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Main Home Page   Members Home Page   Public Relations Dec. 7, 2010
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Chaffetz: Freeze step increases
Federal Times    Share   Share on FacebookTwitterShare on LinkedinE-mail article
Rep. Jason Chaffetz, R-Utah, said Congress should pass a bill temporarily canceling General Schedule (GS) employees' step increases. President Obama recently proposed a federal pay freeze that would cancel the annual adjustment to the GS pay scales and freeze other civilian employees' pay in 2011 and 2012. But under Obama's plan, about $2.5 billion in regularly scheduled step increases will still be handed out to about 1.1 million GS employees, according to Federal Times' analysis of federal pay and staffing data. More

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Obama to push unemployment benefits as condition of extending tax rates
Fox News    Share    Share on FacebookTwitterShare on LinkedinE-mail article
Visiting a technical college in North Carolina, President Obama spoke on the need for private-public cooperation to make the U.S. more competitive while also laying down conditions on expiring tax rates, even as a deal between the White House and Congress is said to be in the works. Tax rates approved 10 years ago are set to expire Jan. 1 unless Congress takes action during the lame-duck session. More

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With federal workers facing pay freeze, Wall Street should do its part, too
The Washington Post    Share    Share on FacebookTwitterShare on LinkedinE-mail article
Washington government workers and New York financial executives have one thing in common: The U.S. public despises them both. But American society - led by President Obama and Congress - treats the two quite differently when it comes to paychecks. Hard economic times mean the federal civilian work force has to accept a pay freeze for the next two years, Obama said. Some newly elected Republicans in Congress want to go further, urging 10 percent pay cuts across the board for U.S. government employees. More

5 myths about federal workers
The Washington Post    Share    Share on FacebookTwitterShare on LinkedinE-mail article
Colleagues from The Washington Post and President Max Stier of Partnership for Public Service used the popular "5 Myths" feature to dispel some tall tales about the federal work force. More

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Sick leave allowed so federal employees can care for flu-stricken
Federal Times    Share    Share on FacebookTwitterShare on LinkedinE-mail article
Federal employees will be able to take up to 13 days of sick leave to care for family members who were exposed to a pandemic flu or other serious communicable diseases, under new regulations that take effect Jan. 3. The final regulations, recently published by the Office of Personnel Management, will also allow employees to be advanced up to 30 days of sick leave to care for family members injured on military duty. More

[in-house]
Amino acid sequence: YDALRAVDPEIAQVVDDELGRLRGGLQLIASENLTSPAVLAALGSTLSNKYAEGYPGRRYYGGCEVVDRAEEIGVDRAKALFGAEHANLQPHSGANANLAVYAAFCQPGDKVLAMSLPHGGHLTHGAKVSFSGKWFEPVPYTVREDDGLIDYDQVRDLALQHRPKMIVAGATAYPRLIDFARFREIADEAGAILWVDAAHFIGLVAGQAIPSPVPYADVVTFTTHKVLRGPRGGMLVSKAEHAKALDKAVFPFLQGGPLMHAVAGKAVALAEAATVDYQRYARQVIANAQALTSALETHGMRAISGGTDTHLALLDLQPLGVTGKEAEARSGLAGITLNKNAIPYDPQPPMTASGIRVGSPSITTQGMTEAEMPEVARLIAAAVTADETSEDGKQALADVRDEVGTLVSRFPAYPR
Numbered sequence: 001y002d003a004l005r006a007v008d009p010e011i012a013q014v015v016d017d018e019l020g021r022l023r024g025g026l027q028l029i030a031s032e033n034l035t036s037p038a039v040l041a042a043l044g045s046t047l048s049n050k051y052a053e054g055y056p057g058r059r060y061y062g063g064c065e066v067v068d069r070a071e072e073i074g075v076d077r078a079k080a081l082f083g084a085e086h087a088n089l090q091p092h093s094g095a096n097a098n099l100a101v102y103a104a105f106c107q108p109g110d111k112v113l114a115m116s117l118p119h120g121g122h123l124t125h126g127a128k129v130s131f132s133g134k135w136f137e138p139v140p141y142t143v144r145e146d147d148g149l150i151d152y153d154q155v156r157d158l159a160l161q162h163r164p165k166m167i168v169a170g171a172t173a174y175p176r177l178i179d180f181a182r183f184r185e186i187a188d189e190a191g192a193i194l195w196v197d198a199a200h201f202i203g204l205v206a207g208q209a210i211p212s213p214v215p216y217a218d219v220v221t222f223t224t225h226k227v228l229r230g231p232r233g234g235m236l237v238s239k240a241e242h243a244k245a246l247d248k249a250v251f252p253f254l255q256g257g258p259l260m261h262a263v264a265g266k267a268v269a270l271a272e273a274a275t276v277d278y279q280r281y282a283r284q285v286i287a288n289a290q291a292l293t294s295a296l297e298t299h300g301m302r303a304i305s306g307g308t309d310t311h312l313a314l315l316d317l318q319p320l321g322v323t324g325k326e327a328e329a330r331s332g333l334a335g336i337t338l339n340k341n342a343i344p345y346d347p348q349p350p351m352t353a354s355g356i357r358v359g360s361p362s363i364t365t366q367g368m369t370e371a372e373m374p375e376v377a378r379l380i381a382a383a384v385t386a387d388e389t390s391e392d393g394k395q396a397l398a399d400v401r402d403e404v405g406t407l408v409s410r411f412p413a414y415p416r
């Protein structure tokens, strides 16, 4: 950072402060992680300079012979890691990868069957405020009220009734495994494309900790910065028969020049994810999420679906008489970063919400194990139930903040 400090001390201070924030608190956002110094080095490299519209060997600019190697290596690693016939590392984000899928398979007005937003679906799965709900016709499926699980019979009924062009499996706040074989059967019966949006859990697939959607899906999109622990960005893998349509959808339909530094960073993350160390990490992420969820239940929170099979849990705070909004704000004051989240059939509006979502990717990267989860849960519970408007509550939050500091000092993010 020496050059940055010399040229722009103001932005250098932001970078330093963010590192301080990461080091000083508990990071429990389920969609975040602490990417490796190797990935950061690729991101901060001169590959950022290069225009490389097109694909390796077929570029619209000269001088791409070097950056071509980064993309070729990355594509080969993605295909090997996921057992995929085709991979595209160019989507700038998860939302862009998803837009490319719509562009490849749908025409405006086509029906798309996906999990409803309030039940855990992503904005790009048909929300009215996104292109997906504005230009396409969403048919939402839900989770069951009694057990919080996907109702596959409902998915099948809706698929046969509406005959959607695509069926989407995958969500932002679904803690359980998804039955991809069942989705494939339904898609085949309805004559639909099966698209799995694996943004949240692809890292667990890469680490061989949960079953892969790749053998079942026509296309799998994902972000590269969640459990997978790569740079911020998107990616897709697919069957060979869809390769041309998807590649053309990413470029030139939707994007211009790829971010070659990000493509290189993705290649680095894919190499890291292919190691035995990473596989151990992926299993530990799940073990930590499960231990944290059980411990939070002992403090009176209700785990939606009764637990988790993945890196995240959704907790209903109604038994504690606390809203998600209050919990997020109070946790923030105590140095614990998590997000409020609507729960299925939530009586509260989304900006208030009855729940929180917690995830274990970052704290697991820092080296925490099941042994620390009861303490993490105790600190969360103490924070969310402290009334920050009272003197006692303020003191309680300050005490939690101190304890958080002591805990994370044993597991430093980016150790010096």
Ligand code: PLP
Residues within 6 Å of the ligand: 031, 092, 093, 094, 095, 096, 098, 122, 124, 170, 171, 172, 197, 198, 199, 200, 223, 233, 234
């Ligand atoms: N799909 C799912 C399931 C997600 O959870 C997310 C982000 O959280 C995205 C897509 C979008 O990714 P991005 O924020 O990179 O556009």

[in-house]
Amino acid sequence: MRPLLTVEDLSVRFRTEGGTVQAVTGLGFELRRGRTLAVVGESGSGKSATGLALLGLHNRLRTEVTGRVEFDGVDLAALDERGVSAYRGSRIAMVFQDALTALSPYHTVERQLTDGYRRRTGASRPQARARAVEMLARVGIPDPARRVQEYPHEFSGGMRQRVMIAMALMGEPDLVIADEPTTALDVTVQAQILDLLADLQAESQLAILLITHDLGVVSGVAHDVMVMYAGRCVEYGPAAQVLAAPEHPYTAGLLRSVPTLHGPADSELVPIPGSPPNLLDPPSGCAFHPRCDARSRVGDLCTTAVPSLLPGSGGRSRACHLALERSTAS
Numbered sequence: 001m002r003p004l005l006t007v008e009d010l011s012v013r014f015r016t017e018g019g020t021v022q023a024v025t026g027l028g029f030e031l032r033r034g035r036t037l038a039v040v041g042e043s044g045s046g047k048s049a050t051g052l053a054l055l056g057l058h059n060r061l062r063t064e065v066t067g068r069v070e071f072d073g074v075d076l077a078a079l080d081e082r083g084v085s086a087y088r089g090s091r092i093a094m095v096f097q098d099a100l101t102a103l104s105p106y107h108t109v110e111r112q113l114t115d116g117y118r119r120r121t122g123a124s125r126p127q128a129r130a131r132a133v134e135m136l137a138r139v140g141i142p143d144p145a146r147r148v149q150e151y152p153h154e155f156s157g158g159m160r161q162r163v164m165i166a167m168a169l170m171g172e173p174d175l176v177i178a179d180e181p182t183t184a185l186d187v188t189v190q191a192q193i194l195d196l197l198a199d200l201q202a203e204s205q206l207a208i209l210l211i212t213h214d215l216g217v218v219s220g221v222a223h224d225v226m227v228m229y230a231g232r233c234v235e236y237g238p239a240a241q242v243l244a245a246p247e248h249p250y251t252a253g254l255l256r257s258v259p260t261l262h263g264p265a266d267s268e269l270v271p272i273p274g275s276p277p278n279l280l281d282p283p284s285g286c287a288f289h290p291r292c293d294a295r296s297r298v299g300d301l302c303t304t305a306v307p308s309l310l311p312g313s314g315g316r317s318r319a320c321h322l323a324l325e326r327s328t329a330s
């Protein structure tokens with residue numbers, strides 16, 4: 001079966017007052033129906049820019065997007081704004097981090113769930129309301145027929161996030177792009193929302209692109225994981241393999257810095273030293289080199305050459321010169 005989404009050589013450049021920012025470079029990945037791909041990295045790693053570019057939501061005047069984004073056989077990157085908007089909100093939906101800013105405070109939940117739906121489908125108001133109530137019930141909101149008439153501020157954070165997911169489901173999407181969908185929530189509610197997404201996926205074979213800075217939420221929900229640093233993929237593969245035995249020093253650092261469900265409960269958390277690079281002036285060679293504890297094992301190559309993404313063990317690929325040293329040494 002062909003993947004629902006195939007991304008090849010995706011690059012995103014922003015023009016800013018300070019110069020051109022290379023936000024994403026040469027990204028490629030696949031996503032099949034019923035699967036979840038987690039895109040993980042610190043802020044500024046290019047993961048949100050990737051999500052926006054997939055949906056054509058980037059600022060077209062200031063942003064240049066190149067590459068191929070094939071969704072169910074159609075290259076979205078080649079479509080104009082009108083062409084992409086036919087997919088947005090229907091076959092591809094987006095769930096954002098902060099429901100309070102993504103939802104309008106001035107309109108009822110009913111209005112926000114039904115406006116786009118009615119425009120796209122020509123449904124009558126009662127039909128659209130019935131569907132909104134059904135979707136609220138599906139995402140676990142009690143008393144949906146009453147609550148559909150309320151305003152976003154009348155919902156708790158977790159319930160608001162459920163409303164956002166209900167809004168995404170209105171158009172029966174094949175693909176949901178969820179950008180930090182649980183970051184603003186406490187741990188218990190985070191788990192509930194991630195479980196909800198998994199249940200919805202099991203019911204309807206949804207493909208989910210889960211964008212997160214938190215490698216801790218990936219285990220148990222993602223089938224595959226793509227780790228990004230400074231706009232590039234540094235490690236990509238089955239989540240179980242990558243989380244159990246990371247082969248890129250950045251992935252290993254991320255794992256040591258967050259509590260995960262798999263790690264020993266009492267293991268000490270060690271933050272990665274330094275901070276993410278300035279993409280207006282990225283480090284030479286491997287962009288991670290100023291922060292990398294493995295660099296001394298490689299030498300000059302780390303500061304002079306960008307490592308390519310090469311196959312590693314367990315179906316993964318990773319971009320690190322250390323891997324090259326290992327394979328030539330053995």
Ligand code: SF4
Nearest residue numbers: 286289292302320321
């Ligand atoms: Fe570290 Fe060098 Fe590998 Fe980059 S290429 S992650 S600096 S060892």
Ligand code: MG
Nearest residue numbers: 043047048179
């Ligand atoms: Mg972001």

9 reasons why boomer businesses fail
Second Act    Share    Share on FacebookTwitterShare on LinkedinE-mail article
A vice president at a major Fortune 500 company one day decided that she wanted to start a business. She was a sassy 48-year-old single MBA who was very successful climbing the corporate ladder. She worked in marketing, managing a brand at her company and making a handsome six-figure income. She did her research and decided to invest in a food franchise. But making the transition from having a job to starting a business proved to be a tough road. More

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8 tips for dealing with difficult relatives over the holidays
The Huffington Post    Share    Share on FacebookTwitterShare on LinkedinE-mail article
For many people, the holidays are a joyous time, and for others they are a dreaded part of the year. One factor that can make it tough is spending time with difficult relatives. Preparation on how to handle a stressful situation may alleviate this problem. More



Retired workers crave jobs
NorthJersery.com    Share    Share on FacebookTwitterShare on LinkedinE-mail article
A new study by the Families and Work Institute, a Manhattan-based research organization that tracks changes in the work force, has found that one in five workers over age 50 is working for pay in a new role after retiring from a previous career. Three-quarters of workers over 50 expect to work a "retirement job" sometime in the future. More

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Planning a New Year's getaway